Boredom for Motivation


If you want to work out more, you should consider being bored more.

Have you noticed that even when many things are ‘shut down’, and you can’t visit other people, you still have plenty of stuff to do?

That time is in short supply.

That you still feel tired all the time.

That you aren’t motivated to get things done (like work out).

Strange as it sounds, the ingredient you are probably missing is boredom.

In our hyper-connected world, designed by companies incentivized to keep you online as long as possible, boredom is becoming a limited resource.

In days past, the time that used to fill in between actual activities are filled themselves with scrolling, texting, getting work/chores done, and games. There is no more just standing in line, just waiting to arrive at your destination, or just waiting for the show to start or the friend to come over.

Even if you aren’t clicking over to social media 3,781 times per day, our obsession with productivity makes it feel like we are forgetting something or should be doing something, every time we have a few seconds to think. The anxiety envelops us like the smell of microwaved broccoli or constricts like an ill fitting too-small onesie.

How to Be Bored

As with most bad habits, the first thing you should do is take note of how often you are doing the habit you’d like to eliminate. Then, step back and notice what events, environments, or thoughts, are triggering the bad habit.

The goal is to recognize the triggers before the urge is too strong or before you start engaging with the habit without even thinking.

Use this extra attention to the trigger to redirect your behavior.

  • Switching between projects makes you always check Facebook/Insta for updates? Get up and go for a walk around the house/office instead.
  • Standing in line? Look at your surroundings or just focus on breathing.
  • Waiting for a phone call or a meeting to start? Get up and do some stretching and mobility.
  • Laying on the couch scrolling social media or reading articles, procrastinating getting a chore or a project done? Put down the phone and stare at the wall for 2 minutes (or more).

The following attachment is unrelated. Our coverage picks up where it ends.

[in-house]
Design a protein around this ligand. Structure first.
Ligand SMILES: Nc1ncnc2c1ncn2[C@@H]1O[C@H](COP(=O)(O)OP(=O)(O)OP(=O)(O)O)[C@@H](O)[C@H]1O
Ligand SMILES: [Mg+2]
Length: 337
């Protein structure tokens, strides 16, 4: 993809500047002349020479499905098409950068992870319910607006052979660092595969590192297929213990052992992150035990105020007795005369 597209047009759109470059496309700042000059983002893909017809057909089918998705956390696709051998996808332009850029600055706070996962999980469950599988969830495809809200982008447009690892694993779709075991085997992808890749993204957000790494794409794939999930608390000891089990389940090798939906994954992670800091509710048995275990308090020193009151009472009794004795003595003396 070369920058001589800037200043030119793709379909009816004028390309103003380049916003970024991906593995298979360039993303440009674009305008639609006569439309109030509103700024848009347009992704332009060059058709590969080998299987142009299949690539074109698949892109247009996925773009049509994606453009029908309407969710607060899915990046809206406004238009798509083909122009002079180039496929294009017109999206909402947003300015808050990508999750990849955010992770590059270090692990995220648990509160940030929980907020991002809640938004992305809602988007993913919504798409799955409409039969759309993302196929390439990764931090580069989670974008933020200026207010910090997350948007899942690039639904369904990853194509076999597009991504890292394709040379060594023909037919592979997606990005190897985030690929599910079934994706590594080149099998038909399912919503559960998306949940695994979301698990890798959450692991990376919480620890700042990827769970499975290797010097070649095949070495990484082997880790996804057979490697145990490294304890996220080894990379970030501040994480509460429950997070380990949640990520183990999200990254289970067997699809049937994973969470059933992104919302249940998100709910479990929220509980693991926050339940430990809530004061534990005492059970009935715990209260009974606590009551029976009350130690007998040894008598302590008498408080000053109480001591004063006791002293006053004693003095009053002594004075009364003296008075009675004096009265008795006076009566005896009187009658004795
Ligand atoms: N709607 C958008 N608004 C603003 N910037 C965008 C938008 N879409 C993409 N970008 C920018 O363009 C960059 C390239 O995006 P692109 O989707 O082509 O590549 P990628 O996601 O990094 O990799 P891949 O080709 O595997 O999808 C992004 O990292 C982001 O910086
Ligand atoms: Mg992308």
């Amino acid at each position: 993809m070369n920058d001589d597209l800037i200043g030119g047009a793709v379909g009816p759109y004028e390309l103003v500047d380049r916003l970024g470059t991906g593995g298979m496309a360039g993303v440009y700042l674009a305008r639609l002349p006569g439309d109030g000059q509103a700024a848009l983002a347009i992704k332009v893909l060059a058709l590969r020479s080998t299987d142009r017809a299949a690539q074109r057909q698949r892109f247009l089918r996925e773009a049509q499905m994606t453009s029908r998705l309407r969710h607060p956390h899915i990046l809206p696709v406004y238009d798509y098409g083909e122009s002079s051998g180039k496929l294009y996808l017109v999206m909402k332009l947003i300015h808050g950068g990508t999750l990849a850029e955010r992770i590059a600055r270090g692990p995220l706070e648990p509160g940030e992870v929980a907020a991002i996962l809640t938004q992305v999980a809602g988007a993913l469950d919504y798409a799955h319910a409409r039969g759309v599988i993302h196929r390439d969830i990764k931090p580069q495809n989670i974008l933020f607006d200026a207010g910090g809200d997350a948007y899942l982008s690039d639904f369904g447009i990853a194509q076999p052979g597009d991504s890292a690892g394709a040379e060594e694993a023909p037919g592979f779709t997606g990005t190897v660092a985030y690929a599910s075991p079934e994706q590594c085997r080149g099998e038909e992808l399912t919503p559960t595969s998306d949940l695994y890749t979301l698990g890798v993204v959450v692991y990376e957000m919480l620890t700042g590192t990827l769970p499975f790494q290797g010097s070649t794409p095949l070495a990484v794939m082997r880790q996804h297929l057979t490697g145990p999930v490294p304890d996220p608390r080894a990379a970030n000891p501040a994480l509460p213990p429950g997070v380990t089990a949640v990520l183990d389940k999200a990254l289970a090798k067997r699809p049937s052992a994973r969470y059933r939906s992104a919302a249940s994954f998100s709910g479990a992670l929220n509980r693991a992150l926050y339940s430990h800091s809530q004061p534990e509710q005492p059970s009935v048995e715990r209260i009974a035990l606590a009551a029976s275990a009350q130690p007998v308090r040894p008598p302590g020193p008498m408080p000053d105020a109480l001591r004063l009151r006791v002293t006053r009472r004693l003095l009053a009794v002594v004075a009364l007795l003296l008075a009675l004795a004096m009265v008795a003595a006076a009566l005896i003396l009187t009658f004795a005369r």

These extra moments of inactivity will give your brain (and your motivation) time to keep up with the other stuff you need to think about or get done. The black hole of scrolling takes away from your rest time and is a task that will never be complete. Learn to be bored in these moments as opposed to distracting yourself with a beast that will never be fed.

As you start to accumulate more boredom throughout the day, you’ll be more comfortable not scheduling every moment, taking on too many responsibilities, or grabbing your phone, every time you have a quiet minute or two.

You will be surprised how much easier it is to get off the couch and go for a walk, do some stretching, get to the gym, or do a workout in the garage, once the alternative is to stare at the wall or listen to the refrigerator turn on and off.

Schedule Time to be Bored

An alternative that works in conjunction with accumulating boredom is to schedule it.

Set days or hours of the day where you are not allowed to check social media, YouTube, or do any work stuff. Sundays and certain weeknights are a great day to stay off of social media for example.

This is different than scheduling workout time. You aren’t forcing yourself to workout.

You are setting time aside for a small list of things that are ‘allowed’. Sitting quietly. Journaling on paper. Focusing on breathing. Stretching/mobility. Exercise… Maybe a few other things that are mundane and easily avoided.

For most people, it takes a few tries to make it a full 30 minutes or an hour without going off and doing something else that is ‘off-list’. But after some practice, it will become easier and easier to stick to the list. You will start to look forward to this down-time.

Generally, you’ll find that after a few minutes of boredom, a workout will look more and more enticing (even if you really didn’t feel like you had the time/energy/motivation to work out today).

Boredom isn’t Toxic

Stop trying to be productive or distracted every minute of every day.

Stop avoiding boredom.

Start using it strategically to help you have more motivation to do the things you have been avoiding.

Thrive on.



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